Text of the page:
What are the symptoms of hypothyroidism?

DEAR DOCTOR K:

I’m a woman in my late 50s. Lately I’ve been colder and more tired than usual. My memory has been off and my skin is drier. I figured these were all effects of getting older. Fortunately, my doctor did a blood test that showed hypothyroidism. Could all of these symptoms really result from an underactive thyroid?

DEAR READER:

Midlife can bring subtle changes in skin, hair, energy, weight and even mental outlook. Like you, many women write these changes off as the effects of aging. But, as your doctor did, it’s a good idea to make sure they’re not the result of an underactive thyroid.

The thyroid is a tiny butterfly-shaped gland that perches in the front of your neck. (I’ve put an illustration below) It makes a vital hormone, thyroid hormone, which travels from the thyroid gland through the blood to every cell in your body.

Your thyroid gland perches with its wings wrapped around the front of your windpipe, below your voice box.

Thyroid hormone influences virtually every organ in your body. It controls how quickly and efficiently cells convert nutrients into energy. Your body needs just the right level of thyroid hormone: not too much, not too little, just right — like Goldilocks wanted the temperature of her porridge.

Hypothyroidism can act as a dimmer switch on nearly every bodily function. The symptoms of hypothyroidism can differ from person to person. The symptoms often include:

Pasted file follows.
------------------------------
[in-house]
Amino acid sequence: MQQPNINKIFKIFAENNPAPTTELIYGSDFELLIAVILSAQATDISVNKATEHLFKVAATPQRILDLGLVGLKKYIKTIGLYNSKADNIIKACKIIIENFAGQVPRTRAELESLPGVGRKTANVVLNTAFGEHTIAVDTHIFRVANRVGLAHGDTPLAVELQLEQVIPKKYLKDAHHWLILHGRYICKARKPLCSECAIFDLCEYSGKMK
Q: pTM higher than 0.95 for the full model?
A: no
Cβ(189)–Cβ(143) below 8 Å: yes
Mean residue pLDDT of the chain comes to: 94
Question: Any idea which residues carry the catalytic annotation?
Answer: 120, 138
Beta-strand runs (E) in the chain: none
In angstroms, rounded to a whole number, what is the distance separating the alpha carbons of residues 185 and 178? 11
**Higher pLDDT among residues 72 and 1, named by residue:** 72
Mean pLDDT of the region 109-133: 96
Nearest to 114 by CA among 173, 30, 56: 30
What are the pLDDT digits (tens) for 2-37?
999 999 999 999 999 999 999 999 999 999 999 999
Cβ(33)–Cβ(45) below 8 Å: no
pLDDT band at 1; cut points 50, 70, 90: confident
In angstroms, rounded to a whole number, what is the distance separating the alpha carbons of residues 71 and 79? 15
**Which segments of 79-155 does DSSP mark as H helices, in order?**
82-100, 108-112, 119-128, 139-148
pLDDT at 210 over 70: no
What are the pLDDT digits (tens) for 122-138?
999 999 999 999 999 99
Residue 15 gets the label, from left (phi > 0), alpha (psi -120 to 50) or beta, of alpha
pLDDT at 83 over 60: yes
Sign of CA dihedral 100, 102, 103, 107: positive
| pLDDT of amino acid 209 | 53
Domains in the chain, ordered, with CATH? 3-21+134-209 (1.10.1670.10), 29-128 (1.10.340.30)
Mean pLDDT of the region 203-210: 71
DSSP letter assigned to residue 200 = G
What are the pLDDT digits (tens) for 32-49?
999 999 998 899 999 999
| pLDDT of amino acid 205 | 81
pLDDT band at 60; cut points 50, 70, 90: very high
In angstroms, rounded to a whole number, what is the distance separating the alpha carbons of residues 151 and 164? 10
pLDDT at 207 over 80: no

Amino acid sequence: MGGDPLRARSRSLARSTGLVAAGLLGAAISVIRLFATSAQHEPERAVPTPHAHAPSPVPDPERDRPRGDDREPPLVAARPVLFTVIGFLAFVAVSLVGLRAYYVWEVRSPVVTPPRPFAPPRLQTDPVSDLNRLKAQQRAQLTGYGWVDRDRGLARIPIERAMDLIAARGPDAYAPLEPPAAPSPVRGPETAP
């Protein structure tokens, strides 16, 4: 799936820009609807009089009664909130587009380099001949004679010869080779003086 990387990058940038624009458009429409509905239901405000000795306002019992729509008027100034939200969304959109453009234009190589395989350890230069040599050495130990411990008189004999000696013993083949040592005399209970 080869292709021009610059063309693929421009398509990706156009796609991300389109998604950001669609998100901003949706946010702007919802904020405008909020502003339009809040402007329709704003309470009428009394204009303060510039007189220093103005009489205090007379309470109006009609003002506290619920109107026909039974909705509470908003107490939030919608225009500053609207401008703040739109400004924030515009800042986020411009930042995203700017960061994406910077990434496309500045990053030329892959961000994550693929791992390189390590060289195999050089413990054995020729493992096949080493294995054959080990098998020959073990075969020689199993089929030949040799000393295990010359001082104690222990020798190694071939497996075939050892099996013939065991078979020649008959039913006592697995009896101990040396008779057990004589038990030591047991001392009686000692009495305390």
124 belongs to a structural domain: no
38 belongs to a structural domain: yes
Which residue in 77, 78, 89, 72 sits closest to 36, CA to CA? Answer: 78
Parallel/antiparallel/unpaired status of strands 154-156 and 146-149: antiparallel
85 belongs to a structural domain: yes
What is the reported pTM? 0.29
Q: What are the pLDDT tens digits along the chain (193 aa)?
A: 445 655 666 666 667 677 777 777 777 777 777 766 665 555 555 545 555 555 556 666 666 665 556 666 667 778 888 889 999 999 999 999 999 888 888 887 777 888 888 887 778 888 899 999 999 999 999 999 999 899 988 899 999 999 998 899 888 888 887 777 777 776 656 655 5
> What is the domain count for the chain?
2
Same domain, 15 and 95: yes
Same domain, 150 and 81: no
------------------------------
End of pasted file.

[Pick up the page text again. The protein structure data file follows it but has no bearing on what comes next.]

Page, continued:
• FATIGUE. Low thyroid function can result in less energy.
  • COLD INTOLERANCE. Slowed-down cells burn less energy, so the body produces less heat. The body temperature drops a bit, and that makes you feel cold.
  • APPETITE LOSS, WEIGHT GAIN. The lower your energy needs, the fewer calories you need, so your appetite declines. At the same time, your body converts fewer calories into energy, leaving more to be stored as fat.
  • CONSTIPATION. The intestine moves food very slowly from the stomach out of the body.
  • MUSCLE ACHES AND JOINT PAIN. These are common.
  • SKIN, HAIR AND NAILS. The skin can become dry, rough and slightly yellow. Hair becomes coarse, and may fall out. The nails become brittle.
  • CARDIOVASCULAR EFFECTS. Low levels of thyroid hormone can lead to high blood pressure and elevated cholesterol levels. The heart’s pumping ability may fall, increasing the risk of heart failure, especially in older women.
  • MENTAL EFFECTS. Hypothyroidism and depression share many of the same symptoms. These include difficulty concentrating, memory problems, and loss of interest in things that are normally important to you. They call for different treatments, so proper diagnosis is important. Speech and movement may slow.

As I write about mental and cardiovascular effects, I vividly remember a night I was having dinner at the hospital. I was paged to see a patient who had just been admitted to the hospital. His heart was beating 30 times a minute; normal is 60. And he spoke … very … slowly. He even laughed very slowly: not “Ha, ha, ha,” but “HA … HA … HA.” He had severe hypothyroidism.

Fortunately, hypothyroidism is easily diagnosed and treatment is straightforward. It usually consists of taking synthetic thyroid hormone to bring hormone levels back to normal.